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Dwayne Wigfall brought an action against the city of Detroit for injuries he sustained in a motorcycle accident allegedly caused when he hit a pothole on a city street. On advice from the city’s Law Department, Wigfall sent a notice via certified mail addressed to the Law Department that included a description of the pothole, its location, and a description of plaintiff’s injuries. An adjuster from the Law Department acknowledged receipt of Wigfall’s claim. After Wigfall filed his complaint, the city moved for summary judgment, arguing that Wigfall’s claim was barred by governmental immunity because Wigfall failed to serve notice of his claim on the mayor, the city clerk, or the city attorney as required by MCL 691.1404(2) and MCR 2.105(G)(2). The court denied the city’s motion, and the city appealed. Faytreon West brought an action against the city of Detroit, for injuries she allegedly suffered when she tripped on a pothole and fell while walking on a city street. West’s counsel sent notice of the injury and highway defect to the city’s Law Department via certified mail, instructing the city to immediately contact West’s counsel if it believed that the notice did not comply with any applicable notice requirements. The Law Department received the letter, and an adjuster from the Law Department acknowledged receipt of West’s claim. After West filed her complaint, the city moved for summary judgment, also arguing West had failed to comply with the notice requirement in MCL 691.1404(2) because she had not served an individual who may lawfully be served with civil process. The trial court granted the motion in favor of the city and denied West’s motion for reconsideration. In both cases, the Michigan Supreme Court reversed the grant of summary judgment in favor of the city: Plaintiffs complied with the requirements of MCL 691.1404(2) by serving their notices on the city’s Law Department. The Supreme Court found the Law Department was an agent of defendant’s city attorney (also known as the Corporation Counsel) and was charged with receiving notice under the city’s charter and ordinances. View "Wigfall v. City of Detroit" on Justia Law

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Romon McBurrows was charged in the Monroe Circuit Court with one count of delivery of a controlled substance causing death, in connection with the death of Nicholas Abraham. Abraham, a resident of Monroe County, had driven an acquaintance to a house in Wayne County where the acquaintance bought heroin from defendant. Abraham and the acquaintance used some of the heroin in a nearby parking lot and then returned to their homes. Abraham was found unresponsive the next morning and was pronounced dead later that day. An autopsy concluded that Abraham had died from an overdose of fentanyl, which is sometimes mixed with heroin. Defendant filed a motion disputing Monroe County as a proper venue, and the trial court denied the motion. Defendant then applied for leave for interlocutory appeal with the Court of Appeals, which granted leave, stayed the trial court proceedings pending the appeal, and ultimately reversed, finding venue was proper in Wayne County, where defendant allegedly delivered the heroin. The Michigan Supreme Court concluded venue in a case like this, was properly laid in a county if the death, but not the delivery, occurred in that county. Therefore, venue was proper in Wayne County. View "Michigan v. McBurrows" on Justia Law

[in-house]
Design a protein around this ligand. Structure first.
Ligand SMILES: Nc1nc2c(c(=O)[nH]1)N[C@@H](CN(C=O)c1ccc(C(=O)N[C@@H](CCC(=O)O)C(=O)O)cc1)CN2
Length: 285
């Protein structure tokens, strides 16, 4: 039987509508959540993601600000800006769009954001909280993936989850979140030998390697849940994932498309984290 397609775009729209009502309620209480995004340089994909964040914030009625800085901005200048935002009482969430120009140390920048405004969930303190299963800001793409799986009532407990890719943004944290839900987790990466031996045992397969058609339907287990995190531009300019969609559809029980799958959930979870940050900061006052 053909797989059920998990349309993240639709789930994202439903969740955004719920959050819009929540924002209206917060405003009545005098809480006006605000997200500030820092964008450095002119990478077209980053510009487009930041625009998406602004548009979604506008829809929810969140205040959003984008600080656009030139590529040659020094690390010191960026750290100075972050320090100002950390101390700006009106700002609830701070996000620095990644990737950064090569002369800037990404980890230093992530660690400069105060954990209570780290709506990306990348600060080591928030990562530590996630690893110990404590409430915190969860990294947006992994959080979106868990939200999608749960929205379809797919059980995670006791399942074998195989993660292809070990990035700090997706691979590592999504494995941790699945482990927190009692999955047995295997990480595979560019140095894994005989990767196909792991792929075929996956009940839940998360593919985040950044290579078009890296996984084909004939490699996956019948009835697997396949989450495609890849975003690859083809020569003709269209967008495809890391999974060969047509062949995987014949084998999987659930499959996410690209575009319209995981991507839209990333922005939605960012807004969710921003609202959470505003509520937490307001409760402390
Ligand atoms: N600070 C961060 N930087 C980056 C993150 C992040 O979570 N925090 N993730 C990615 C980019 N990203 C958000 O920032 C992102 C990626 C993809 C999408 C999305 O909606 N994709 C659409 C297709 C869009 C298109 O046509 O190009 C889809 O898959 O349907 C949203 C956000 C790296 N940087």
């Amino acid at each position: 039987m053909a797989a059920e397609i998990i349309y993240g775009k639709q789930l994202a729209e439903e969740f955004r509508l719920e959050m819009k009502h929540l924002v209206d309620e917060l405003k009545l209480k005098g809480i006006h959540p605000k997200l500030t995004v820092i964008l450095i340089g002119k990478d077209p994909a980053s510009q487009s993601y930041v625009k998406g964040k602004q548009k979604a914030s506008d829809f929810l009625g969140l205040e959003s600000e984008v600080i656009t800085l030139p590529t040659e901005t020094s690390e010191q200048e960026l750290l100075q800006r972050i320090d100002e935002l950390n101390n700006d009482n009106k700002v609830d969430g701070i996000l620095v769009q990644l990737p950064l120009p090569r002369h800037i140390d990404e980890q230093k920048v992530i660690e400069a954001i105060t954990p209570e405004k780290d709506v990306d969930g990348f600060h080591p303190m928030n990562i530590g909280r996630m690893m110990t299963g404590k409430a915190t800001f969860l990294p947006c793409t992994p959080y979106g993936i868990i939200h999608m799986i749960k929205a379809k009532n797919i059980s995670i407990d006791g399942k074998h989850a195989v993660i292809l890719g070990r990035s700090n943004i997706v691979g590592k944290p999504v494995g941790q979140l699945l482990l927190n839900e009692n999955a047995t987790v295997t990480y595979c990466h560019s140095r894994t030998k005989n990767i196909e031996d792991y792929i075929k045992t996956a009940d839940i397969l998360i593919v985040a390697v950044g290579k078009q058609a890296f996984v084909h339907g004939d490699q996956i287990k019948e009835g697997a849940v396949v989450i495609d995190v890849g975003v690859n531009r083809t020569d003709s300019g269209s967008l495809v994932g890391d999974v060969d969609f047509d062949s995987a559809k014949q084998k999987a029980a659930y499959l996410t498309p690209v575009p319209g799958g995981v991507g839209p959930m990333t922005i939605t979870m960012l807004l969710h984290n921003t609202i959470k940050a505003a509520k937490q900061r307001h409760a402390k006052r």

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In these consolidated cases, the Michigan Supreme Court addressed the propriety and scope of expert testimony in cases alleging child sexual abuse. In Thorpe, the Court addressed the admissibility of testimony from an expert in the area of child sexual abuse and disclosure about the rate of false reports of sexual abuse by children to rebut testimony elicited on cross-examination that children can lie and manipulate. In Harbison, the Court addressed the admissibility of expert testimony from an examining physician that “diagnosed” the complainant with “probable pediatric sexual abuse” despite not having made any physical findings of sexual abuse to support that conclusion. In Thorpe, the Court held expert witnesses may not testify that children overwhelmingly do not lie when reporting sexual abuse because such testimony improperly vouches for the complainant’s veracity. And because Thorpe established that this testimony more likely than not affected the outcome of the case, the Supreme Court reversed the Court of Appeals and remanded to the circuit court for a new trial. In Harbison, the Supreme Court held that examining physicians could not testify that a complainant has been sexually assaulted or has been diagnosed with sexual abuse without physical evidence that corroborates the complainant’s account of sexual assault or abuse because such testimony vouches for the complainant’s veracity and improperly interferes with the role of the jury. Because the Supreme Court concluded this was plain error, affected Harbison’s substantial rights, and seriously affected the integrity of his trial, it reversed the Court of Appeals and remanded for a new trial. View "Michigan v. Thorpe" on Justia Law

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The question presented in this case was whether the building inspection fees assessed by defendant, the city of Troy (the City), were “intended to bear a reasonable relation to the cost” of acts and services provided by the City’s Building Inspection Department (Building Department) under the Construction Code Act (CCA). The Michigan Supreme Court held the City’s use of the revenue generated by those fees to pay the Building Department’s budgetary shortfalls in previous years violated MCL 125.1522(1). “While fees imposed to satisfy the alleged historical deficit may arguably be for ‘the operation of the enforcing agency or the construction board of appeals,’ this does not mean that such fees ‘bear a reasonable relation’ to the costs of acts and services provided by the Building Department. Here, the Court was satisfied plaintiffs presented sufficient evidence to conclude that the City established fees that were not intended to “bear a reasonable relation” to the costs of acts and services necessary to justify the City’s retention of 25% of all the fees collected. Furthermore, the Supreme Court determined there was no express or implied monetary remedy for a violation of MCL 125.1522(1). Nonetheless, plaintiffs could seek declaratory and injunctive relief to redress present and future violations of MCL 125.1522(1). Because the City has presented evidence to justify the retention of a portion of these fees, the Supreme Court remanded to the trial court for further proceedings. Lastly, the Supreme Court concluded there was no record evidence establishing that plaintiffs were “taxpayer[s]” with standing to file suit pursuant to the Headlee Amendment. On remand, the trial court was mandated to allow plaintiffs’ members an opportunity to establish representational standing on plaintiffs’ behalf. View "Michigan Association of Home Builders v. City of Troy" on Justia Law